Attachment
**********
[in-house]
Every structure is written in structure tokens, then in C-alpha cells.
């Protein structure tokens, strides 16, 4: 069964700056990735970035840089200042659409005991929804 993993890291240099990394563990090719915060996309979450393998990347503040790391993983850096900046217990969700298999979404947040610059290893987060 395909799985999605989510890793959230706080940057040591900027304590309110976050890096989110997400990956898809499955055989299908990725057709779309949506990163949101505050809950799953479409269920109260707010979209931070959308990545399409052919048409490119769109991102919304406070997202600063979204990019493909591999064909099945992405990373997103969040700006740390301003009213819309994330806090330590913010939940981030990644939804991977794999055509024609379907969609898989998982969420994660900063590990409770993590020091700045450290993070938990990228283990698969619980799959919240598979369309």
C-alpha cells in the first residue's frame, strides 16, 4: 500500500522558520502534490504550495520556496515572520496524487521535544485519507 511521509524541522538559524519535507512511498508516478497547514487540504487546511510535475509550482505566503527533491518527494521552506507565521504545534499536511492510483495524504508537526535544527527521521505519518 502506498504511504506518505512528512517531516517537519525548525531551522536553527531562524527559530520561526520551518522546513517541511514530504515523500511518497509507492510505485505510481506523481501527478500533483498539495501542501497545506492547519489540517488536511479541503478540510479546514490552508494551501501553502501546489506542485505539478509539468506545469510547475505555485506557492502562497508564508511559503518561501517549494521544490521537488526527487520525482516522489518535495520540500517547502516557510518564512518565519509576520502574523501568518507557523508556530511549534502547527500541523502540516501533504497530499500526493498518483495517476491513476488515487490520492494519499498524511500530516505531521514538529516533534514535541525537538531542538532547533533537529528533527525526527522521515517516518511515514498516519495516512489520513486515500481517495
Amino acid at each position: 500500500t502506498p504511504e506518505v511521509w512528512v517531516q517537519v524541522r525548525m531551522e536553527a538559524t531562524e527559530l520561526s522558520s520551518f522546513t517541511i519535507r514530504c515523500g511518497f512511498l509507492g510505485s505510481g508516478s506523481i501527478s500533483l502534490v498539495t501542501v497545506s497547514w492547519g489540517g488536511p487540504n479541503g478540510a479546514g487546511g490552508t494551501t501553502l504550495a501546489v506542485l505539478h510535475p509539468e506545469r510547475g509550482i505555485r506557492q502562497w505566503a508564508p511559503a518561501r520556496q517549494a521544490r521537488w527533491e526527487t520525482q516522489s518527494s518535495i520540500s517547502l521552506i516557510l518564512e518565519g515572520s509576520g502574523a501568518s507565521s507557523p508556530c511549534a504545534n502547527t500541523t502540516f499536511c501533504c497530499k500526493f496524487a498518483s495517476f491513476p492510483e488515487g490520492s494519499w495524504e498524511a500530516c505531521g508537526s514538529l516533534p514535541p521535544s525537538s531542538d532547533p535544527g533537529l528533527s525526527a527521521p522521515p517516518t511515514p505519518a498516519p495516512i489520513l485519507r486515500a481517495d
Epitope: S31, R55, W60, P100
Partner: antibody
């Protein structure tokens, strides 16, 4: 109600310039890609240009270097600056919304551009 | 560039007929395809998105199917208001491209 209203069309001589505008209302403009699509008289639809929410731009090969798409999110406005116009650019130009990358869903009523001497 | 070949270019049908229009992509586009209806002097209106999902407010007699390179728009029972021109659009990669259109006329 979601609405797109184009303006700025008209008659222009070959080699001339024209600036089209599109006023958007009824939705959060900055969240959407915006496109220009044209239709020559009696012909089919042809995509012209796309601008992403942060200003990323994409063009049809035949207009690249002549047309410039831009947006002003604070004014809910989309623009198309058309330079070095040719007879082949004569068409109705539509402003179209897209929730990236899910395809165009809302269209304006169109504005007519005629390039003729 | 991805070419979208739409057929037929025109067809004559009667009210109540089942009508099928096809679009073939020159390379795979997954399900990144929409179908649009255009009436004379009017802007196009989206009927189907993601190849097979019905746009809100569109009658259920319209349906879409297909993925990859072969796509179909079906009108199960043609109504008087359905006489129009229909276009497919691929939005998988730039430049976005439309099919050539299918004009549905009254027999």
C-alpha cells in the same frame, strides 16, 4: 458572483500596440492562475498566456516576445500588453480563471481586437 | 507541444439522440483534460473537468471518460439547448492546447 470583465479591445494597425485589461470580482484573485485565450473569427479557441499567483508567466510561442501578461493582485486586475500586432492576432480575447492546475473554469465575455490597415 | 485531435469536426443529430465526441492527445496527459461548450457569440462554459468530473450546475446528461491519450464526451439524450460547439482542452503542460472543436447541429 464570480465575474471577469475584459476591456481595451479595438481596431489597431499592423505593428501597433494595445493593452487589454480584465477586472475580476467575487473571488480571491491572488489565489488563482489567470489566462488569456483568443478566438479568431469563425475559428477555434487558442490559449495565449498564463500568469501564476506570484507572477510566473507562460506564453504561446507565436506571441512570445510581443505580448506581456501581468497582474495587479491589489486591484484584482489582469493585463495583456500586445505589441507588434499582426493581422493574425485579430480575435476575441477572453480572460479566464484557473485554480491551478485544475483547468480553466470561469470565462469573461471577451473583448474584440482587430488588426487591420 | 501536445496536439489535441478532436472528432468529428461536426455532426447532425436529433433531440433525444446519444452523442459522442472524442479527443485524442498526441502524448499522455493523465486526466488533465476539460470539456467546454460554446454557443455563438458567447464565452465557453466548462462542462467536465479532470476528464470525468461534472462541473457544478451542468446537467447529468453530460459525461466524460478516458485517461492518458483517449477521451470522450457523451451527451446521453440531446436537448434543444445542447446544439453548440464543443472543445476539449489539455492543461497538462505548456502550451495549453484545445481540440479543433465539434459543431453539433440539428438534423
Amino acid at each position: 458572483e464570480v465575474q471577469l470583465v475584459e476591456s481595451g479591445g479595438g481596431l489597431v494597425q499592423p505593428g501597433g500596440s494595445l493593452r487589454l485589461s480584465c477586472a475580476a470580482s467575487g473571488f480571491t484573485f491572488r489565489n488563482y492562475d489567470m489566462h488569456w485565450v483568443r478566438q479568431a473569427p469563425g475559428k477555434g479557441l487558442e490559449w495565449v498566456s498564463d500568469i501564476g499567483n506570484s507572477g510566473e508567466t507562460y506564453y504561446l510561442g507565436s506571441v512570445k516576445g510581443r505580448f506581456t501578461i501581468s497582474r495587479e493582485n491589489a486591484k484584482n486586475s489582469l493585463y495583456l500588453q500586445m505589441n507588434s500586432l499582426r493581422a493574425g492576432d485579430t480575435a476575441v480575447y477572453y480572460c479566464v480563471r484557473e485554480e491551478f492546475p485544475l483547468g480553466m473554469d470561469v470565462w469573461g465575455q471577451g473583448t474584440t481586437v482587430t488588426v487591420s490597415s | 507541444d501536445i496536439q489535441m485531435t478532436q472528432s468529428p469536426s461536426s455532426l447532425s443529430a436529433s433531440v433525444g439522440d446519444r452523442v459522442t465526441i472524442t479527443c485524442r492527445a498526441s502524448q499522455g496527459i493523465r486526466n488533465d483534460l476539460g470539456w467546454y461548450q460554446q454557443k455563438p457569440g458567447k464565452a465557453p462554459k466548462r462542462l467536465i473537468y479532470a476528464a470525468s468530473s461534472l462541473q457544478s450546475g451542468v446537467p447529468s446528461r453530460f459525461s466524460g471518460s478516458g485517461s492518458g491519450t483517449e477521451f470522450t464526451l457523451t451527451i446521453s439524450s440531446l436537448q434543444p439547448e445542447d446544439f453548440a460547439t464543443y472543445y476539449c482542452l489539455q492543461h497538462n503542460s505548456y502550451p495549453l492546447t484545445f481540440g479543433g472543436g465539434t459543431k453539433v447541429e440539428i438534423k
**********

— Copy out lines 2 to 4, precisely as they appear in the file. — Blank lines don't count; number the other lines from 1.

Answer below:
Every structure is written in structure tokens, then in C-alpha cells.
């Protein structure tokens, strides 16, 4: 069964700056990735970035840089200042659409005991929804 993993890291240099990394563990090719915060996309979450393998990347503040790391993983850096900046217990969700298999979404947040610059290893987060 395909799985999605989510890793959230706080940057040591900027304590309110976050890096989110997400990956898809499955055989299908990725057709779309949506990163949101505050809950799953479409269920109260707010979209931070959308990545399409052919048409490119769109991102919304406070997202600063979204990019493909591999064909099945992405990373997103969040700006740390301003009213819309994330806090330590913010939940981030990644939804991977794999055509024609379907969609898989998982969420994660900063590990409770993590020091700045450290993070938990990228283990698969619980799959919240598979369309």
C-alpha cells in the first residue's frame, strides 16, 4: 500500500522558520502534490504550495520556496515572520496524487521535544485519507 511521509524541522538559524519535507512511498508516478497547514487540504487546511510535475509550482505566503527533491518527494521552506507565521504545534499536511492510483495524504508537526535544527527521521505519518 502506498504511504506518505512528512517531516517537519525548525531551522536553527531562524527559530520561526520551518522546513517541511514530504515523500511518497509507492510505485505510481506523481501527478500533483498539495501542501497545506492547519489540517488536511479541503478540510479546514490552508494551501501553502501546489506542485505539478509539468506545469510547475505555485506557492502562497508564508511559503518561501517549494521544490521537488526527487520525482516522489518535495520540500517547502516557510518564512518565519509576520502574523501568518507557523508556530511549534502547527500541523502540516501533504497530499500526493498518483495517476491513476488515487490520492494519499498524511500530516505531521514538529516533534514535541525537538531542538532547533533537529528533527525526527522521515517516518511515514498516519495516512489520513486515500481517495